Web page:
Written by Amy Guo, Selina Qiu, and Lucy Wu

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Students learn how grapes are grown.

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Valley of the Temples, Agrigento.

 

Naples: Day 4

On the second day in Naples, we woke up earlier than usual to prepare ourselves for Mount Vesuvius. Mount Vesuvius is an active volcano on the east coast of Naples. Mount Vesuvius is famous because of its destruction in the year 79 C.E. It was recorded that it shocked the civilization at noon on August 24th. Before we left the hotel, we were advised to take an additional jacket for the cold weather. It took us forty-five minutes to arrive at the top of the volcano. As soon as we got off the bus, we realized how valuable an additional jacket could be. It was extremely windy and cold. As we hiked higher, the wind was getting stronger. At one point we all had to hold on to something to protect ourselves from the wind. After reaching the starting point of the top surface, we received some information from the guide and started to walk around the volcano. At the same time, the wind was extremely strong; everyone had trouble seeing because of the sand.

The view from the top of the mountain was gorgeous, but because of the weather, we unfortunately had to leave the volcano. So we took a group photo and started to head down. Our next stop would be Pompeii after lunch.

Written by Karsten Chan

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After lunch we visited the ruins in Pompeii, one of the most famous archaeological sites in the world. The unique point of Pompeii is that it keeps the original appearance of an over two-thousand-year-old town from the Roman Empire: erupted ashes from the Vesuvio volcano buried the whole village in a very short time. It is a tragic disaster, but it also provides a great opportunity for historians to get a direct idea about what urban life was like in the Roman Empire. We visited different kinds of shops, resident houses, public facilities, and so on. There’s an interesting feature of the city that drew my attention: designers of sidewalks used white bricks as the main construction materials so that the sidewalk can reflect the light from the moon and the street lamps to make the path more visible for pedestrians. It might just be a small detail of the engineering design at that time, but it also indicates the “brilliance” of that past civilizations.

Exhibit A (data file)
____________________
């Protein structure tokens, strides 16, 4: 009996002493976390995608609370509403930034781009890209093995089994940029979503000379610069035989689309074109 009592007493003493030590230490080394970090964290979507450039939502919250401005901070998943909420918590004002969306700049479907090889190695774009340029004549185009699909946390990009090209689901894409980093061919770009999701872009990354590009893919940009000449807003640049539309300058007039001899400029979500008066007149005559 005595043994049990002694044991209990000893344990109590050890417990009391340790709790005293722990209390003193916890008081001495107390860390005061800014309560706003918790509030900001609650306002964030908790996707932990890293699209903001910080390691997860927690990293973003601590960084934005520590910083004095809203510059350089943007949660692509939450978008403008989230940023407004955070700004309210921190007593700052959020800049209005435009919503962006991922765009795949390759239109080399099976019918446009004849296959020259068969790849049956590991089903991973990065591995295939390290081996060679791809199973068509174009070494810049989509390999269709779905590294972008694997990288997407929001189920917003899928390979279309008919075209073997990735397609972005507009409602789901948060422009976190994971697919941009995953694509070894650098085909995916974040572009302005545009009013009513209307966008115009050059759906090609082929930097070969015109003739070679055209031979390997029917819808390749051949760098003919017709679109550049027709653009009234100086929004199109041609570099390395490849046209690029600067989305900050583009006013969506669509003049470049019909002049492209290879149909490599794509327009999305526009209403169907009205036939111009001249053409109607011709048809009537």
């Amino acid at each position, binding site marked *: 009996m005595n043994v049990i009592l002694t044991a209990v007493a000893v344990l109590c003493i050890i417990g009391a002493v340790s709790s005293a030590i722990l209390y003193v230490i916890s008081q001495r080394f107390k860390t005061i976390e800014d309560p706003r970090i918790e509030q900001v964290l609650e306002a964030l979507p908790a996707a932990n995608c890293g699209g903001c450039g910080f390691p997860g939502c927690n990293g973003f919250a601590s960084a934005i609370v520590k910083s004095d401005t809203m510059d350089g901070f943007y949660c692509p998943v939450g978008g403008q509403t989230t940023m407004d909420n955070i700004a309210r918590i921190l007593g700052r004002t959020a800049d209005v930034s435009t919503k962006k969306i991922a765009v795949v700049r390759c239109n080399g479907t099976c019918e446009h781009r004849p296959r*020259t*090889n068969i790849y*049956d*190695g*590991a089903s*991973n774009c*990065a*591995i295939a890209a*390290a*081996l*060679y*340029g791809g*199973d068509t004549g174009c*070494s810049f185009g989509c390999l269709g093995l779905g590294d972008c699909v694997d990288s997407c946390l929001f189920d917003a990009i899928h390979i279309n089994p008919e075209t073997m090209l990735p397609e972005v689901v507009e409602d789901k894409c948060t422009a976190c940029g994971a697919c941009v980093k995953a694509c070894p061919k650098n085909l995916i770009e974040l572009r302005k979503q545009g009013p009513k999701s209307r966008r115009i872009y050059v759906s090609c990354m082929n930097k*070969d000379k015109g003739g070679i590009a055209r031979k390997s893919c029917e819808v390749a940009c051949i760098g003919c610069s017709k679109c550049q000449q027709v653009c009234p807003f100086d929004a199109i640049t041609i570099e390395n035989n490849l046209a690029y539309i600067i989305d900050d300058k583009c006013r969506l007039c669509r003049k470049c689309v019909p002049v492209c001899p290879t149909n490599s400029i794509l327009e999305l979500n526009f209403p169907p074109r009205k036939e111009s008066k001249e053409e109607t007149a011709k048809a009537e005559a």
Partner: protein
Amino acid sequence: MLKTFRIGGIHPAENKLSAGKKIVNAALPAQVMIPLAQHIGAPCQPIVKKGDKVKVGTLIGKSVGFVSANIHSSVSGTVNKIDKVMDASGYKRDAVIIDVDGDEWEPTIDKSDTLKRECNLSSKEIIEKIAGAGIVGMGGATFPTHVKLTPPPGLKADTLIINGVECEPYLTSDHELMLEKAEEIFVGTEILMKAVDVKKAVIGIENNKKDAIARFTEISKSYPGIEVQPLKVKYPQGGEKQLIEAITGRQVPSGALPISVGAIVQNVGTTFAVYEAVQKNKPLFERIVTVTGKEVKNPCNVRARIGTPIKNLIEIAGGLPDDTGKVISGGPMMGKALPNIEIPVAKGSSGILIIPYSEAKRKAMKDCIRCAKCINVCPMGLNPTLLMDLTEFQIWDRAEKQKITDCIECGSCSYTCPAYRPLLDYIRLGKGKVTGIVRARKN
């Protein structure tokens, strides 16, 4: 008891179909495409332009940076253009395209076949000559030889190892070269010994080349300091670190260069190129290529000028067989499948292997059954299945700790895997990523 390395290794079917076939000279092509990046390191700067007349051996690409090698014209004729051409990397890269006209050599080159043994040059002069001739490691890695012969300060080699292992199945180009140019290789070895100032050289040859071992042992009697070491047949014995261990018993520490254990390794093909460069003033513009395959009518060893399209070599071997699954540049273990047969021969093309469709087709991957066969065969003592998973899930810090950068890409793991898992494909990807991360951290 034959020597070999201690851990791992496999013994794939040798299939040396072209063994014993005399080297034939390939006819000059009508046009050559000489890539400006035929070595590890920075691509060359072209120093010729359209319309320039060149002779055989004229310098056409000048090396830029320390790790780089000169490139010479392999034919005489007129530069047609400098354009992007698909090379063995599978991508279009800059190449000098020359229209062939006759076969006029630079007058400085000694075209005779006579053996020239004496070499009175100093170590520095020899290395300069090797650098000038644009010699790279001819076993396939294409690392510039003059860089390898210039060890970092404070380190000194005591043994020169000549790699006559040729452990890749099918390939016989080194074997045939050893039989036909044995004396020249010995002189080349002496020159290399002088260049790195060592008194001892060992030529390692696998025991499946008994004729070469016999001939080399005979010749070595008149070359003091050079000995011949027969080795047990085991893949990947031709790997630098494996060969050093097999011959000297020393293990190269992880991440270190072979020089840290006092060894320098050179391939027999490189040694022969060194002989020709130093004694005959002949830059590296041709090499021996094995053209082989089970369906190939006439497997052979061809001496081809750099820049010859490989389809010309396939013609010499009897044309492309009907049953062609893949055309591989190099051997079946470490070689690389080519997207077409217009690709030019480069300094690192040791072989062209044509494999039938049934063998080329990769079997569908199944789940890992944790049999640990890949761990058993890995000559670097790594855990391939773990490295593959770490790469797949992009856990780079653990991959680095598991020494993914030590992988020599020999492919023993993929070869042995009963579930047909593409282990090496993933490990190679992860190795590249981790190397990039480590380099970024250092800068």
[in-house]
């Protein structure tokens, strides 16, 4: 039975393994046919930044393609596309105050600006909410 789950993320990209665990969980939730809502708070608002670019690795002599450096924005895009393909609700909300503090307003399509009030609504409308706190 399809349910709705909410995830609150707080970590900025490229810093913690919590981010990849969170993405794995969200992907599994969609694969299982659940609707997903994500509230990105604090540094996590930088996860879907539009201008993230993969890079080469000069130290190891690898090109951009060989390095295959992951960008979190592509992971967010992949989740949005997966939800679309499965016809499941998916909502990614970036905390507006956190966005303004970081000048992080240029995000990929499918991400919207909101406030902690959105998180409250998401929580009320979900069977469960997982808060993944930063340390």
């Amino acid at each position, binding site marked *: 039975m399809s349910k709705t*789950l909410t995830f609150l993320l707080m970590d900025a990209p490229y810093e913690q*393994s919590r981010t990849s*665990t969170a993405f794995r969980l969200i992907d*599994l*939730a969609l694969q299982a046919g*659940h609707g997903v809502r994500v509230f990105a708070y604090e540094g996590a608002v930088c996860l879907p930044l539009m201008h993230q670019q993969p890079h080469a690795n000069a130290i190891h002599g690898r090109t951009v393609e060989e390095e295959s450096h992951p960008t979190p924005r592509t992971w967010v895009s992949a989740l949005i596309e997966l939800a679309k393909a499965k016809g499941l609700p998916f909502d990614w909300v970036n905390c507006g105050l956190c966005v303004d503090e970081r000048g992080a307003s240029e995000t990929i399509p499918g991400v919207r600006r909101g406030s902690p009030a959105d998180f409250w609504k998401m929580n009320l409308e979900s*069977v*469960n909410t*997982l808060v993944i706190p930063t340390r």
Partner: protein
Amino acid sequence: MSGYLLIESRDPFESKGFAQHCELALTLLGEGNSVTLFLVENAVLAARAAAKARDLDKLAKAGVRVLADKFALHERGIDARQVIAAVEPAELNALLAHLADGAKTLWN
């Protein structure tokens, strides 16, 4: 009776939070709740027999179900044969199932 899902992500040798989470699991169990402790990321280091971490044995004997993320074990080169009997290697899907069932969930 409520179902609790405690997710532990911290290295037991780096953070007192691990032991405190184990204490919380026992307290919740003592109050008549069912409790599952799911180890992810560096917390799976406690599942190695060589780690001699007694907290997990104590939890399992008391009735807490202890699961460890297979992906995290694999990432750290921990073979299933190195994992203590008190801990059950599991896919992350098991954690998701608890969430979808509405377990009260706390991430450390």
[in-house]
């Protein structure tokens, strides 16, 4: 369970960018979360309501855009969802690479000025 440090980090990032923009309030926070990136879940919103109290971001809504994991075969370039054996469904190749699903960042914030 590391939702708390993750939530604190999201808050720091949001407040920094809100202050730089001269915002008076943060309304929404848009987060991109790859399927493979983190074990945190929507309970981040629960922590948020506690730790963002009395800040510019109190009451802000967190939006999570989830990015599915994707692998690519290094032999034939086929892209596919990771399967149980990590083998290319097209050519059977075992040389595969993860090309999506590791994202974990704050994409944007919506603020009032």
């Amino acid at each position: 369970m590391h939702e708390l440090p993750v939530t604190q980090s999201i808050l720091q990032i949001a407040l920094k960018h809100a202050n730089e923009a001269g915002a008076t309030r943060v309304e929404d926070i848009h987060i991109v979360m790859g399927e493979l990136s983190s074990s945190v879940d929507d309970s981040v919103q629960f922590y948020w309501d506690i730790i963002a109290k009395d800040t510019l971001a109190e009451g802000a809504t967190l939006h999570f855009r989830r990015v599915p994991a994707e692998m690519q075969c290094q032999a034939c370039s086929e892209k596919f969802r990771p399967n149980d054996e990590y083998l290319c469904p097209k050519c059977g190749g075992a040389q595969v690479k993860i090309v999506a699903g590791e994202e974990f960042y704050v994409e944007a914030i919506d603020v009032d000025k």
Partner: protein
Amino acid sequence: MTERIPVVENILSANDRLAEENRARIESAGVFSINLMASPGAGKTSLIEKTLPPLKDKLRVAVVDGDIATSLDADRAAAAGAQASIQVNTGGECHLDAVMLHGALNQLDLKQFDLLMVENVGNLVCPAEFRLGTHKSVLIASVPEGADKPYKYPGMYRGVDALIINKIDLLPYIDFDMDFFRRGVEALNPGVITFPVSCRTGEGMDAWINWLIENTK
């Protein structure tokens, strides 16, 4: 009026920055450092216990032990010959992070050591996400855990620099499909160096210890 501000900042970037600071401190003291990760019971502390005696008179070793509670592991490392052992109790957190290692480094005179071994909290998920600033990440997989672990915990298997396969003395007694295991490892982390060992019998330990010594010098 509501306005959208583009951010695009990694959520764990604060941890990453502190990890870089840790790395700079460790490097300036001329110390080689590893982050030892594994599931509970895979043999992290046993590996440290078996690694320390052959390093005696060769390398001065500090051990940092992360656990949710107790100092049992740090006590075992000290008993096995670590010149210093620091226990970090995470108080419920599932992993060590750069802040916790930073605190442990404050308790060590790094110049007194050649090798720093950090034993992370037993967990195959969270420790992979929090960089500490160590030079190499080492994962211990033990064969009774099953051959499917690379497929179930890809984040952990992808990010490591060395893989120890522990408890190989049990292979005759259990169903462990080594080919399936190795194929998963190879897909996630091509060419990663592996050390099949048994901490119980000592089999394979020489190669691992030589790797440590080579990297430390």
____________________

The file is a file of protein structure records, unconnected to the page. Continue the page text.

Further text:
Written by Mark Liu

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Naples: Day 3

We started the day by taking train from Rome to Naples. While on the train, most of us took a nap to prepare for the first day in Naples. After about 1 hour, we arrived at our destination. In the hotel, each one of us received a Neapolitan Typical lunch box that contained five products: Pizza di Scarole, Timballo, Sfogliatella frill o riccia, Mela Annurca (an apple). Among all the four different kinds of food, Timballo impressed us most because inside it was pasta. After finishing our lunch, we walked about half an hour to The Greek Roman Aqueduct, which was underground. This aqueduct was about 40 meters below the city of Naples. During the Augustan Age, Romans dug and later created a 400 k long aqueduct. During the 17th century, the aqueduct was enlarged because of the growing population. However, people stopped digging and abandoned the 200 million square meter aqueduct. Neapolitans used this aqueduct again during WWII, and we saw few military relics there. We also saw some passageways above us. These long paths were used by cleaners to come down and clean the aqueduct. The most fun part of this underground tour was to hold the candle and walk through the passage way that led to the place where water was stored. The passage way was pretty narrow and low so we had to bend down. Also, the University of Naples even started a science program that scientists planted plants in the underground world. The high humidity let the plants survive and people use lights to act as sunlight.